Kabuki theatre is an art form that seems otherworldly to Western theatre goers. From the elaborate costumes and makeup to the way the actors speak, nothing about Kabuki falls into the realm of realism that Westerners are accustomed to seeing at the theater. Kabuki theatre is actor focused. It is not unheard of for leading actors to be served tea during the middle of a performance. Audience members call out the family name of their favorite performers. Crew are there to assist the actors and are not even recognized by name in the program. This is wildly different from the Western world, where theatre is largely about the audience and crews get much recognition for their work. In the Western world, the unseen organizer of all things theatrical is the stage manager. Invisible when their job is done correctly, stage managers call all the cues for the show and are the main source of communication among actors, designers, and the director.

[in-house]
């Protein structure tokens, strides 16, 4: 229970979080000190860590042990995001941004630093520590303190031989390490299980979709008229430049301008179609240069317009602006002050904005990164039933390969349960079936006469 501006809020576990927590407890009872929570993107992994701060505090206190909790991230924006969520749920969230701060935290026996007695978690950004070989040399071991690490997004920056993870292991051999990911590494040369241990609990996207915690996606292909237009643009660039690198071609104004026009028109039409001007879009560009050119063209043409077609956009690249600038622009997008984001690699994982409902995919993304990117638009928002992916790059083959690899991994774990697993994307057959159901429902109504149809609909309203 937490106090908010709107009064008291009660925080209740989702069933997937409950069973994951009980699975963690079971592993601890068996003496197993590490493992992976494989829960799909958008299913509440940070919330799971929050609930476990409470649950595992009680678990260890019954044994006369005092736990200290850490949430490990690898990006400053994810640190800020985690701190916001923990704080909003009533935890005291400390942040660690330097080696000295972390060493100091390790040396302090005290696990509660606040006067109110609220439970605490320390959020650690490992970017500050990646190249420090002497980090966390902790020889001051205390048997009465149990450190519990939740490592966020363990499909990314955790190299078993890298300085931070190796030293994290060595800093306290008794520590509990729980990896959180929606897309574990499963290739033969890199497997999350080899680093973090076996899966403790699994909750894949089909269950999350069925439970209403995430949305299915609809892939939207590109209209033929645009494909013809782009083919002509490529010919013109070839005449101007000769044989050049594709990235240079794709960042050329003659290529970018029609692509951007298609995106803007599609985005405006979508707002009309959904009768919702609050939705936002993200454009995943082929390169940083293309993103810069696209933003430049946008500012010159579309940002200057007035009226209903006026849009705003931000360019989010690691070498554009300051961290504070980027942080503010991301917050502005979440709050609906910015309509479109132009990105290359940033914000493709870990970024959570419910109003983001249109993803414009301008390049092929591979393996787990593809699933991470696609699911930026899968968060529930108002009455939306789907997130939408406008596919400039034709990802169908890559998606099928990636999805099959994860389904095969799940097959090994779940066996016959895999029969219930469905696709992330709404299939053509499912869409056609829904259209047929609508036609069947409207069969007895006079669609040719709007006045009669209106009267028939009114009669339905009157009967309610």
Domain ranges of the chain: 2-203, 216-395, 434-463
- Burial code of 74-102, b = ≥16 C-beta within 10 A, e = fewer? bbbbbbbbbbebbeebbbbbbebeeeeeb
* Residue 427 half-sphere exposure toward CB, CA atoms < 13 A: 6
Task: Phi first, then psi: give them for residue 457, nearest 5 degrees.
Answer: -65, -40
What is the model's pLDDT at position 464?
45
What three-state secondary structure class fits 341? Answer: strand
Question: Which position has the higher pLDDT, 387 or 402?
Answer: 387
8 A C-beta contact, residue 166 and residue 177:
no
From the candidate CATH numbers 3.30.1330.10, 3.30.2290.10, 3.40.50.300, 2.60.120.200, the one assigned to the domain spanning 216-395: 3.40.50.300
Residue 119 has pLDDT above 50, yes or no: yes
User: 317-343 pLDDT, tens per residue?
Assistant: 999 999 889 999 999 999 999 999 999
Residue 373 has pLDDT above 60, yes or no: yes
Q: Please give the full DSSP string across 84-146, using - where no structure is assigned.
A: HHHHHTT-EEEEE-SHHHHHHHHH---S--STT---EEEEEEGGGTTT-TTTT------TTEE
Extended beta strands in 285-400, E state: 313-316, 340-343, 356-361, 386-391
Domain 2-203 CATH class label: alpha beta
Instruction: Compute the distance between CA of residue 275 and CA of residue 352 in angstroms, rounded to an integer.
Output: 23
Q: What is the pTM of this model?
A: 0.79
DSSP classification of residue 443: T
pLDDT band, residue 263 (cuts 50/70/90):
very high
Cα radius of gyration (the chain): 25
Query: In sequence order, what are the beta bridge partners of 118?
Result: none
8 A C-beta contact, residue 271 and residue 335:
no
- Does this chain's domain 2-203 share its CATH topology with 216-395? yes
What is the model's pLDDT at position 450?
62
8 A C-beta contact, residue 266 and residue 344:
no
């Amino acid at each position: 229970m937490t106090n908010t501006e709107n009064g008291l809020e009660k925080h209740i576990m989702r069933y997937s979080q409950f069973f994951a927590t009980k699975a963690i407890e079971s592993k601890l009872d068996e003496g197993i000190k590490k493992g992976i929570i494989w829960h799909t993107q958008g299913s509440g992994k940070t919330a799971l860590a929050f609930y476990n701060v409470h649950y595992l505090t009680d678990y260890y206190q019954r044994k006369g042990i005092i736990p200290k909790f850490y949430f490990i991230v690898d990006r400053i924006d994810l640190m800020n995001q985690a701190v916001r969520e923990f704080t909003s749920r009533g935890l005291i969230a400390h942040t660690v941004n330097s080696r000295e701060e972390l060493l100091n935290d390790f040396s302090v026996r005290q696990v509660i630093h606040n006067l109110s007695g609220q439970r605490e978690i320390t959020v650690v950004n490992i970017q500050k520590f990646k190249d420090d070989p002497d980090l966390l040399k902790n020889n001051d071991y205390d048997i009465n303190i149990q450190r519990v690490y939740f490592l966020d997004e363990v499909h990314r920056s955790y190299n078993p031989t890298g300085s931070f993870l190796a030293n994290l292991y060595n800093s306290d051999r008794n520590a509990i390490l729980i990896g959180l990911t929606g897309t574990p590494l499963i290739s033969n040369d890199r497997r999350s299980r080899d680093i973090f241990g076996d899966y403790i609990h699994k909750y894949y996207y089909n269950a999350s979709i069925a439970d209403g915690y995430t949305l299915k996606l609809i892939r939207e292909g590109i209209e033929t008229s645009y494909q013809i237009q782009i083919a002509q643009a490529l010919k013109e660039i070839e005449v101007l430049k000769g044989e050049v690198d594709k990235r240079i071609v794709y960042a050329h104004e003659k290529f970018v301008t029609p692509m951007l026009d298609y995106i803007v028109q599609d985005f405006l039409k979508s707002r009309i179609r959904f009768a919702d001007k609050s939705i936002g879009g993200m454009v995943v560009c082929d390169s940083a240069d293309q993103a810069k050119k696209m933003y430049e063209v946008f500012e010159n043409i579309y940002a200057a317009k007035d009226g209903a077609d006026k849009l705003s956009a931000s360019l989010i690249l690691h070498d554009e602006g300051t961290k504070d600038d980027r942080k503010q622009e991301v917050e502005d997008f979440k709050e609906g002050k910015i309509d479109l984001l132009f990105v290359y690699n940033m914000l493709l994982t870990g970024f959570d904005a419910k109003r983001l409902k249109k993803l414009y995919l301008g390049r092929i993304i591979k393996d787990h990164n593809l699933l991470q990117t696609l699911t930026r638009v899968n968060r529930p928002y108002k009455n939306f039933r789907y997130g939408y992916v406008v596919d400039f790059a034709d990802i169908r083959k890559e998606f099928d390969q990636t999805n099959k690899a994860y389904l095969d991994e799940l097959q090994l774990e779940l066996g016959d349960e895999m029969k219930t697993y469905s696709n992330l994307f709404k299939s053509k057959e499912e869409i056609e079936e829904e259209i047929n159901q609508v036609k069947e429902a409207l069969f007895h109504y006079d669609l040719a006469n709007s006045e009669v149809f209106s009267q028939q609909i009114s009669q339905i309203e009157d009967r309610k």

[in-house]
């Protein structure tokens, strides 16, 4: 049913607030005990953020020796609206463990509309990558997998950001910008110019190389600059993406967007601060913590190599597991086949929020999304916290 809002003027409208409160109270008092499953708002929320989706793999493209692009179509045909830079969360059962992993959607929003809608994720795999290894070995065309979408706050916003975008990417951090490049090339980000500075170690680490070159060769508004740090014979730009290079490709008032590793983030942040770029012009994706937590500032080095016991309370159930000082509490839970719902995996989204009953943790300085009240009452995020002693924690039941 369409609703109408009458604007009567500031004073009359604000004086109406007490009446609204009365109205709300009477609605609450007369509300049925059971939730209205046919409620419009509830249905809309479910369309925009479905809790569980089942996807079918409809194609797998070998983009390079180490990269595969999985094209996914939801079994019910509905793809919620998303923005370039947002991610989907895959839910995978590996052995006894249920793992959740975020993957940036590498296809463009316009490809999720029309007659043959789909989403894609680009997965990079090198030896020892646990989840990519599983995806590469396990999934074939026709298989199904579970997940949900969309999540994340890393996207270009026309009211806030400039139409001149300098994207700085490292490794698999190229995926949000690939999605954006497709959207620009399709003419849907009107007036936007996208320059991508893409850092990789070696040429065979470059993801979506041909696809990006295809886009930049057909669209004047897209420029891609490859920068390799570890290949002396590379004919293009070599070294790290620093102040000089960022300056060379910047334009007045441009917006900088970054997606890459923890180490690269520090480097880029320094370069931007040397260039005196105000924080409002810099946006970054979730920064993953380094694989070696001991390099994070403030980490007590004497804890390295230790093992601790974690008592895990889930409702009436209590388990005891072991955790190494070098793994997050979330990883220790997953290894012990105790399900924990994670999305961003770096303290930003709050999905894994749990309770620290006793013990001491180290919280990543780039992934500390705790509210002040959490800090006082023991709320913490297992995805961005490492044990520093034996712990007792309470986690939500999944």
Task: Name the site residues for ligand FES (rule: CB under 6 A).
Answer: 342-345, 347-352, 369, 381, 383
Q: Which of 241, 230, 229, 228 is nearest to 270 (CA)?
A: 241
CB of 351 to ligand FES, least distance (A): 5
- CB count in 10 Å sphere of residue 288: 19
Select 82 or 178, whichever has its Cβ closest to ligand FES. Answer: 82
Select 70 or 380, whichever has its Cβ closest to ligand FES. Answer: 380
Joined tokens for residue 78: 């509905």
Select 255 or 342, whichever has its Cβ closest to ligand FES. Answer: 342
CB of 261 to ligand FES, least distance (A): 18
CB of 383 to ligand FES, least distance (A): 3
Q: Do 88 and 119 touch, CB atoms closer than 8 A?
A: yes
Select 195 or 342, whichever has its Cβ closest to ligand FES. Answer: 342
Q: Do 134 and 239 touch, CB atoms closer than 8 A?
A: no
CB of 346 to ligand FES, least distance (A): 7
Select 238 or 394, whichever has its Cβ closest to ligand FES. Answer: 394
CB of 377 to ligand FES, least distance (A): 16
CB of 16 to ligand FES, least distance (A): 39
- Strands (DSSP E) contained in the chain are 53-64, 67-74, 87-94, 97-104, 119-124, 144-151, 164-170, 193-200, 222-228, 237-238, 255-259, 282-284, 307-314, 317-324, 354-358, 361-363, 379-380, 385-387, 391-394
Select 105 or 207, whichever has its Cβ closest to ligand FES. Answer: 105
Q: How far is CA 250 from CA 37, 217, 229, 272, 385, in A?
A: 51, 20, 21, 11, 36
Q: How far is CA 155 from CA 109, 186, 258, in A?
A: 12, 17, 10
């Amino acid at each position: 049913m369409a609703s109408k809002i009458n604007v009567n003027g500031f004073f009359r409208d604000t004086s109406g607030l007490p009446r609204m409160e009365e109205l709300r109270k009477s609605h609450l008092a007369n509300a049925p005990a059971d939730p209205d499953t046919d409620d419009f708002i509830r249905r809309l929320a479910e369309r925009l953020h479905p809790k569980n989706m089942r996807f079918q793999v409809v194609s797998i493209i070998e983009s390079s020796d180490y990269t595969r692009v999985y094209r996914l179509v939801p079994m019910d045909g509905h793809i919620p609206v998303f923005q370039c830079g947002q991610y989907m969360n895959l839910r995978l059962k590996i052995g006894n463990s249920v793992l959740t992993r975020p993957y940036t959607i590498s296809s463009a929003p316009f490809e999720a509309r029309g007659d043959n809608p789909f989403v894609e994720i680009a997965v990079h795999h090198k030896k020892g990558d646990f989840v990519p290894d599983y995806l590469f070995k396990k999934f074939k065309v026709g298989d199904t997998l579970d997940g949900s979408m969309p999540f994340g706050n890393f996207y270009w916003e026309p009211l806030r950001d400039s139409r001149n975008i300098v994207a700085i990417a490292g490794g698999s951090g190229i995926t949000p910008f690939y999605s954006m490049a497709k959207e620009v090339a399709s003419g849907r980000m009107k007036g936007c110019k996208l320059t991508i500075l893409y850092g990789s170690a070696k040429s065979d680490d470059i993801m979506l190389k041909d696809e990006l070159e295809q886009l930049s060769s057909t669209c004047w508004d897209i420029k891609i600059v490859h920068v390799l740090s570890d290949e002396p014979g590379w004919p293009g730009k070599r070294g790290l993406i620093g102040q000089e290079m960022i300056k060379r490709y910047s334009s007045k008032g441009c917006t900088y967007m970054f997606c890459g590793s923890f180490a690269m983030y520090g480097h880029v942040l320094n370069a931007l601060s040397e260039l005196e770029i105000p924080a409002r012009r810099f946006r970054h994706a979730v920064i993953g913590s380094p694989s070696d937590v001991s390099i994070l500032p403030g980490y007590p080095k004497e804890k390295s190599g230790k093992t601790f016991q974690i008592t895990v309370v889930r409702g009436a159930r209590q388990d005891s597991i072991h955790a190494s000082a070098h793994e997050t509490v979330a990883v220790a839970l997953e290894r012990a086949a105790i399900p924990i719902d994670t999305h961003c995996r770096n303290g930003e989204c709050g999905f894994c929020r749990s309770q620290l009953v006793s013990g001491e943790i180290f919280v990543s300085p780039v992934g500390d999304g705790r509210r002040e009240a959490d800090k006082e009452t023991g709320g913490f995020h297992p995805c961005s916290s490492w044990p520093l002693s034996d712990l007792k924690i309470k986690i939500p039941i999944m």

This presentation is a speculative project about how a Western stage manager could manage an Eastern performance of Kabuki. Is it possible to stage manage successfully an art as intricate as Kabuki? More importantly, is it necessary? Does traditional stage management even make sense for Kabuki? Through research, this session argues that, though it is entirely possible to stage manage a Kabuki performance, the nature of Kabuki takes away the necessity for a traditional Western stage manager.
Donna Warfield, ’17
Sponsor: Scott Olinger